- but also some less ideal tactics were often used (i.e. leading questions)


Hardwig 2006


- examine whether SUE training can help deception detection

- police trainees (82) either were or were not trained in SUE
- interviewed lying or truth telling mock suspects (82)
- trainees’ strategies as well as liars’ and truth tellers’ counter-strategies were analysed
- 2 (Training: Trained vs. Untrained) × 2 (Veracity: Truthful vs. Deceptive) between-group design

- untrained revealed evidence more at the beginning
- trained asked more evidence related questions
- liars tried to avoid telling information relating to the evidence
- liars interviewed by trained officers were more inconsistent -->
- trained interviewers confronted liars more often (creating a asymmetrical interview pressure)
=> trained officers had higher deception detection accuracy rate (85.4%) than untrained interviewers (56.1%)
--> using statement-evidence consistency cue

- mock crime (not as complex as real life) --> less external validity
- delay and forgetting could moderate the effect
- liars strategies could also be a moderator


Hartwig 2005


- examines potential of timing of evidence disclosure as a deception detection tool

- pps did a mock crime (steal a wallet) vs. non-criminal act
- where interrogated with to styles: early evidence disclosure or late disclosure --> criminal condition instructed to lie
- interviews were video recorded
- video-tapes were shown to students who were asked to determine whether suspect was guilty or innocent

- accuracy for liars in early disclosure 43%, for late disclosure obtained 62% --> significantly better for liars not truth tellers (56%)
- liars and truth tellers were equally inconsistent in early disclosure, but liars more than truth tellers in late one
--> more inconsistencies lead to more "lie" judgments
--> helpful! because in late disclosure people actually look more at content (scientifically better)


Sukumar, D., Wade, K. A., & Hodgson, J. S. (2018). Truth-tellers stand the test of time and contradict evidence less than liars, even months after a crime.

- find out how effective lie detection techniques are that rely on inconsistencies (when suspects questioned months after a crime)

Experiment 1
- mock-crime: truth-teller committed a non-criminal act vs. liars stole a bag
- either short delay (same day) or long delay (2 months)
- got a online questionnaire (instructed to convince of innocence)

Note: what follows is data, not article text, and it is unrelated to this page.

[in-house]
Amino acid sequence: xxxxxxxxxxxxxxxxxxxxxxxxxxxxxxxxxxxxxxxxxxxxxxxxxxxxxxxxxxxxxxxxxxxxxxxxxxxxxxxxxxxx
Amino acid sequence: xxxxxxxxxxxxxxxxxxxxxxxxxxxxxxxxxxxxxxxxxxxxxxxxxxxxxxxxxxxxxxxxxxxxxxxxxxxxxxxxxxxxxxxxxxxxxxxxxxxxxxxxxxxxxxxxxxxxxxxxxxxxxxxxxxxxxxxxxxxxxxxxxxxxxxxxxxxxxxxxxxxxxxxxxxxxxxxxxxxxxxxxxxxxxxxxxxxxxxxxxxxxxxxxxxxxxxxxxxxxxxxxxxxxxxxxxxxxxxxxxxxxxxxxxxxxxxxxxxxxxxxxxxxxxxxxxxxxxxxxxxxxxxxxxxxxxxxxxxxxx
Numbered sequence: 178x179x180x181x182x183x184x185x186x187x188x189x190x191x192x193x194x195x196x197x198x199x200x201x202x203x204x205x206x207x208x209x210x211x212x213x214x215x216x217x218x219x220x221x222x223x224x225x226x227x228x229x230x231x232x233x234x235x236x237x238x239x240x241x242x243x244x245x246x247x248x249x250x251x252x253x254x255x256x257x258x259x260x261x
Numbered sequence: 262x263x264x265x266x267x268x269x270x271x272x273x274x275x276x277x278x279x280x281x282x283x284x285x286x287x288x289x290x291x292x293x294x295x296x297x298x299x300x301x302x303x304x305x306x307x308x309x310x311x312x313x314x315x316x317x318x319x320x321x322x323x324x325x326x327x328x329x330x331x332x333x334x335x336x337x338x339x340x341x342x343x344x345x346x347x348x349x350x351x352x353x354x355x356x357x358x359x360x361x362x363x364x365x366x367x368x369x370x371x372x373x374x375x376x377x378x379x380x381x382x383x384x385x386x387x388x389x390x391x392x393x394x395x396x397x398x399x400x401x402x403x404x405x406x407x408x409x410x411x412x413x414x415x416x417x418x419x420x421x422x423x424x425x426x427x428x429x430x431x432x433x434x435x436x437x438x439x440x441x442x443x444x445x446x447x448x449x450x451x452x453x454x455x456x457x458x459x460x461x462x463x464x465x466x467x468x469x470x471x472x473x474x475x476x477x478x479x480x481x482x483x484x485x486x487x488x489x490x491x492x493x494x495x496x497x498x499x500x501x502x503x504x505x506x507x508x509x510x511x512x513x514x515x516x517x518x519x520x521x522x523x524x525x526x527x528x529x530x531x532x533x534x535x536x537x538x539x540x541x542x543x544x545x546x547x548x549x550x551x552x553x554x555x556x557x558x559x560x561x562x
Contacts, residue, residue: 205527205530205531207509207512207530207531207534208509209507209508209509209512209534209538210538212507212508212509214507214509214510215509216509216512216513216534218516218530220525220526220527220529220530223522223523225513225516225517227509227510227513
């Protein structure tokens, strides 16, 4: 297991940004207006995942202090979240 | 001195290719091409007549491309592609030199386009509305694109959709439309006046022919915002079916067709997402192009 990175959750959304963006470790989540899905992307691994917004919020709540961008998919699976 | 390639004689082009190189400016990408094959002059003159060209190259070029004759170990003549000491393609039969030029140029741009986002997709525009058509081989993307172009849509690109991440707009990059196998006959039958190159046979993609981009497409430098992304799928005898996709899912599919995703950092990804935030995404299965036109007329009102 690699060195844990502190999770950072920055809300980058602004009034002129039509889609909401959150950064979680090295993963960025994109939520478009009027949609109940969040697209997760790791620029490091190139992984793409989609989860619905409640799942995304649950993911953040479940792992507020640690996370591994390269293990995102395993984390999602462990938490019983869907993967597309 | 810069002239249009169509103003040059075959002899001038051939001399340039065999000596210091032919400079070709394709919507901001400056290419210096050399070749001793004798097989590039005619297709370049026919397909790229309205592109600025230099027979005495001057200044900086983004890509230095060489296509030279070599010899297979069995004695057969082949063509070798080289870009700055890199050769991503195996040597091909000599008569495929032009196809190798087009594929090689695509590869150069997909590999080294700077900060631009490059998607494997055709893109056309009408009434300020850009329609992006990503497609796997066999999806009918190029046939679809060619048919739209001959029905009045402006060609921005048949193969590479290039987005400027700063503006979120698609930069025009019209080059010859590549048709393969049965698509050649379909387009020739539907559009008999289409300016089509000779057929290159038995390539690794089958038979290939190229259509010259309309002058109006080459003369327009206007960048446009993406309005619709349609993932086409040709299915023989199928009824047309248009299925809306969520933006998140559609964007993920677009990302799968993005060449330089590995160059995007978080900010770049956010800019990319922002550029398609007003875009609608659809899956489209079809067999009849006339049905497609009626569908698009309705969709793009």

- asked specific questions to elicit more contradictions

- more inconsistencies and more contradiction with evidence from liars
- BUT truth-teller also sometimes contradicted the evidence (probably because it seemed unimportant to them) --> especially after two months
- BUT liars still more contradictions after 2 months

Experiment 2
- gave the background info about the crime and the questionnaire results to lay people to see whether they could spot the deception

- laypeople rated liars as more deceptive at both time points (no impact)
- BUT impact for truth-teller: after 2 months comes across as nearly as deceptive as liars
- the more contradiction the more "liar alert"

=> SUE can help but it has to be used with caution because after delay truth-teller are also quite inconsistent (don't forget that!)


Tekin, S., Granhag, P. A., Strömwall, L., Giolla, E. M., Vrij, A., & Hartwig, M. (2015). Interviewing strategically to elicit admissions from guilty suspects.


- examine the effect of SUE (vs Early or No Disclosure) on perception of evidence, statement-evidence inconsistencies and admissions

- pps (90) asked to perform several mock criminal tasks - then interviewed different techniques: SUE-Confrontation, Early Disclosure of Evidence, or No Disclosure of Evidence

- SUE generated more statement-evidence inconsistencies than the Early Disclosure interview
- in SUE condition suspects were more forthcoming and perceived the interviewer as having more information
- SUE: 30% of the withholding suspects switched to a more forthcoming strategy, while majority in Early Disclosure got more withholding and implemented the evidence in their lies

- student sample
- impossible to create a high stakes situation
- confounder: in SUE condition more questions asked than in other conditions


What is SUE?

= strategic use of evidence (disclosing evidence later rather than earlier)

- premise
o Innocent = verbally forthcoming
o Guilty = withhold critical info
Theory of self-regulation
= confrontation shows that counter-interrogation strategy (withholding) is insufficient, ergo need to become more forthcoming to reach goal

- key ingrediencies:
A) Statement-evidence inconsistencies
--> first ask all evidence related questions and then reveal/confront with the evidence
--> get an admission rather than a confession (can also lead to an confession)
Confession = a narrative statement in which the suspect takes responsibility for the commission of the crime (murdering the wife)
Admission = information that potentially incriminates the suspect but does not involve the suspect agreeing to have committed the crime (having been at the crime scene)

B) Perception of evidence is key (the more evidence the interviewer is believed to have the more forthcoming is the suspect)

- provide more details, and don't hold back information (illusion of transparency)
- don't contradict the evidence, have few inconsistencies (after confrontation/reveal)

- fewer details, briefer statements
- contradict evidence, more inconsistencies
- initially hold back information